In yet another fascinating example of the wisdom of nature, entrepreneurs are now manufacturing and selling vastly superior wound bandages made from chitosan, a substance found in the shells of shrimp, crabs, and other crustaceans. Chitosan, of course, is very popular as a fat-absorbing nutritional supplement. The chitosan fiber absorbs fat molecules, allowing them to pass through your digestive tract without being digested. As a result, chitosan supplements are extremely popular as weight-loss supplements or for those wishing to avoid the negative effects of unhealthy oils (like hydrogenated oils). But now, with this new technology, chitosan bandages are showing their superiority as medical devices.
In fact, they're being used by the U.S. Army right now in Iraq and they are saving lives. They do that by sealing massive bleeding wounds very quickly -- in 30 seconds. That's far less time than required by conventional bandages, and the chitosan bandages don't leak blood after they seal up the wound, either. How does it work? In effect, the positively charged chitosan material bonds with red blood cells and forms an artificial clot that stops hemorrhaging. In time, of course, chitosan biodegrades, making it a fully biodegradable bandage.
The company making the bandages is called Hemcon of Portland, Oregon. It has signed a $29 million contract with the Department of Defense to provide such bandages through 2008. What's fascinating is that this is breakthrough medical technology that once again derives its superiority from nature. Nature really knows best when it comes to healing wounds and healing the human body, and when researchers and scientists are looking for solutions to specific medical problems, nature often has the solution readily available -- if we are just willing to look for it.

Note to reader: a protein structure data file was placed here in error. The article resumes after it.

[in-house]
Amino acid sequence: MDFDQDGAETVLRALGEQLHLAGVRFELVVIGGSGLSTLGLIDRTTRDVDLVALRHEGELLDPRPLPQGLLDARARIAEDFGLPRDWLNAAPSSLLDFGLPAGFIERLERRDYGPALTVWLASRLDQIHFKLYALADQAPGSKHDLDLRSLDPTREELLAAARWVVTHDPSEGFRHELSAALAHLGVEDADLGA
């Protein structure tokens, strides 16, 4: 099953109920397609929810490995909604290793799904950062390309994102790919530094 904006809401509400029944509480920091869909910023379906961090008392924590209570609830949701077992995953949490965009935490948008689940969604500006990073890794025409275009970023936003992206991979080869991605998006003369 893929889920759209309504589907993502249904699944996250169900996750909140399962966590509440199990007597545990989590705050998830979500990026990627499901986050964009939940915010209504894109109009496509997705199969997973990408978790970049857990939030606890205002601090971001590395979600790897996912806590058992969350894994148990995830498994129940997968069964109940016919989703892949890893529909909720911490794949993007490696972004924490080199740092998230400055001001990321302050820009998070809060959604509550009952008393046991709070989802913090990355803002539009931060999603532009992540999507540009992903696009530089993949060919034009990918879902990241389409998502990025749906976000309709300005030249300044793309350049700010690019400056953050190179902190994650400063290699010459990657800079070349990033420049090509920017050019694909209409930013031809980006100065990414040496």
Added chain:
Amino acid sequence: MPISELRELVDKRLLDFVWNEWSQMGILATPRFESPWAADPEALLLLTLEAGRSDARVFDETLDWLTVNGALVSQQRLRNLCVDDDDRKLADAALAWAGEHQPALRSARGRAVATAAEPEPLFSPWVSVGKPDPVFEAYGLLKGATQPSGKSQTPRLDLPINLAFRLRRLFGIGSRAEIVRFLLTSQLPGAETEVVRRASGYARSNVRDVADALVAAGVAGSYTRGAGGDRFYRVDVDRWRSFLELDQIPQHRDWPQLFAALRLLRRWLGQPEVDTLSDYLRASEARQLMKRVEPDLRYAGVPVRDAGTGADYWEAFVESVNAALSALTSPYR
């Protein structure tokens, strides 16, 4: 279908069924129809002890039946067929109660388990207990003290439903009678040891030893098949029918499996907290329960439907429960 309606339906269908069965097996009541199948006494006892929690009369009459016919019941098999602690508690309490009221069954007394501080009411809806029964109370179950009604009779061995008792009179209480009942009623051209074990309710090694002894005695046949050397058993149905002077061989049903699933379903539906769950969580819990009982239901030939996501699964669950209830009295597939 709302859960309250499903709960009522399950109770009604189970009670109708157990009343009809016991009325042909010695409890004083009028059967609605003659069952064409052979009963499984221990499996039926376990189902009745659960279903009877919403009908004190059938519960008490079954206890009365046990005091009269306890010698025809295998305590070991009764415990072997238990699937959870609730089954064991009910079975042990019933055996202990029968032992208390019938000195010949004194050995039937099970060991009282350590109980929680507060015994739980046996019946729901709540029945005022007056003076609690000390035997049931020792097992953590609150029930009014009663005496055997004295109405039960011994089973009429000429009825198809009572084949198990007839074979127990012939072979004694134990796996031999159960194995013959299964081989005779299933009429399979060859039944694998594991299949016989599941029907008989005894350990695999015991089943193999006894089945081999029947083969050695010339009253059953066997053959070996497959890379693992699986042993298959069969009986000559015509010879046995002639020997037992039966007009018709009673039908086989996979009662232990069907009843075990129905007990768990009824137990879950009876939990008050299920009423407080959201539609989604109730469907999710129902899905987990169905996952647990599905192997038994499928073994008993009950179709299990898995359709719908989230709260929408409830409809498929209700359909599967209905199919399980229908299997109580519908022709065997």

Interestingly, there has been other news about substances from nature that can stop dangerous wound bleeding. Recently I reported on an extract from the aloe vera plant that, when injected into wounded patients who have experienced extreme blood loss, greatly enhances their odds of survival by allowing oxygen to more easily diffuse from their remaining blood supply to the organs that need blood (such as their brain, heart, liver, and so on).
In effect, this aloe vera extract makes the blood they have left in their body work more effectively. If you combine this aloe vera extract with these chitosan bandages, you have what I call outstanding battlefield first aid derived from nature. If a soldier is wounded and bleeding profusely, his bleeding can be stopped with these chitosan bandages and the blood he has remaining in his body can be put to much greater use through the injection of this aloe vera extract.
So here we have succulents and shrimp working together to save human lives. And it's not just on the battlefield; it can also be used in first aid all over the country -- in emergency rooms, ambulances, and first aid stations at schools and industrial locations. In fact, every U.S. hospital emergency room should be carrying these bandages and aloe vera extracts.
Kudos to the researchers who were willing to take a look at nature and imagine a medical solution that could be derived from such sources. If more medical researchers would look to nature and respect the wisdom that nature has provided rather than trying to dominate nature through chemistry, we would all be a lot better off. Health solutions would be more readily available, far less expensive, and countless lives would be saved each year.
About the author: Mike Adams is a natural health author and award-winning journalist with a strong interest in personal health, the environment and the power of nature to help us all heal He has authored and published thousands of articles, interviews, consumers guides, and books on topics like health and the environment, and he has published numerous courses on preparedness and survival, including financial preparedness, emergency food supplies, urban survival and tactical self-defense. Adams is an independent journalist with strong ethics who does not get paid to write articles about any product or company. In 2010, Adams co-founded NaturalNews.com, a natural health video sharing site that has now grown in popularity. He's also a noted technology pioneer and founded a software company in 1993 that developed the HTML email newsletter software currently powering the NaturalNews subscriptions. Adams also serves as the executive director of the Consumer Wellness Center, a non-profit consumer protection group, and pursues hobbies such as martial arts, Capoeira, nature macrophotography and organic gardening.
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